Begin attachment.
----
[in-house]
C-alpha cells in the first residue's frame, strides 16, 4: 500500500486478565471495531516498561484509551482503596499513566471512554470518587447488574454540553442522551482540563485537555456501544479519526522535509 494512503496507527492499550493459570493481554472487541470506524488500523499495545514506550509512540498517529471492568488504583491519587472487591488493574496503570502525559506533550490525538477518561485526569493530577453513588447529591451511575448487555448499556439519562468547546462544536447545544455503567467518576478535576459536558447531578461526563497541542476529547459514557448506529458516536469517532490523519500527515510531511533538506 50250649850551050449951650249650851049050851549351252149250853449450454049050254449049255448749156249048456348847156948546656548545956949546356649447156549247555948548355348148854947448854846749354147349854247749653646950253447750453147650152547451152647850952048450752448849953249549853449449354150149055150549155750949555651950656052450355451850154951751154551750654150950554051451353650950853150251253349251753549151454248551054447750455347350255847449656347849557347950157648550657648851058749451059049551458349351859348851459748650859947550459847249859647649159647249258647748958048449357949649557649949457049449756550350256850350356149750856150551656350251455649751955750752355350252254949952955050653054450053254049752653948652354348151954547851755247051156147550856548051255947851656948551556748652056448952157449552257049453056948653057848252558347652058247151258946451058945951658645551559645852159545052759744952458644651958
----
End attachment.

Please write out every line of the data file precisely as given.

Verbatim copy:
[in-house]
C-alpha cells in the first residue's frame, strides 16, 4: 500500500486478565471495531516498561484509551482503596499513566471512554470518587447488574454540553442522551482540563485537555456501544479519526522535509 494512503496507527492499550493459570493481554472487541470506524488500523499495545514506550509512540498517529471492568488504583491519587472487591488493574496503570502525559506533550490525538477518561485526569493530577453513588447529591451511575448487555448499556439519562468547546462544536447545544455503567467518576478535576459536558447531578461526563497541542476529547459514557448506529458516536469517532490523519500527515510531511533538506 50250649850551050449951650249650851049050851549351252149250853449450454049050254449049255448749156249048456348847156948546656548545956949546356649447156549247555948548355348148854947448854846749354147349854247749653646950253447750453147650152547451152647850952048450752448849953249549853449449354150149055150549155750949555651950656052450355451850154951751154551750654150950554051451353650950853150251253349251753549151454248551054447750455347350255847449656347849557347950157648550657648851058749451059049551458349351859348851459748650859947550459847249859647649159647249258647748958048449357949649557649949457049449756550350256850350356149750856150551656350251455649751955750752355350252254949952955050653054450053254049752653948652354348151954547851755247051156147550856548051255947851656948551556748652056448952157449552257049453056948653057848252558347652058247151258946451058945951658645551559645852159545052759744952458644651958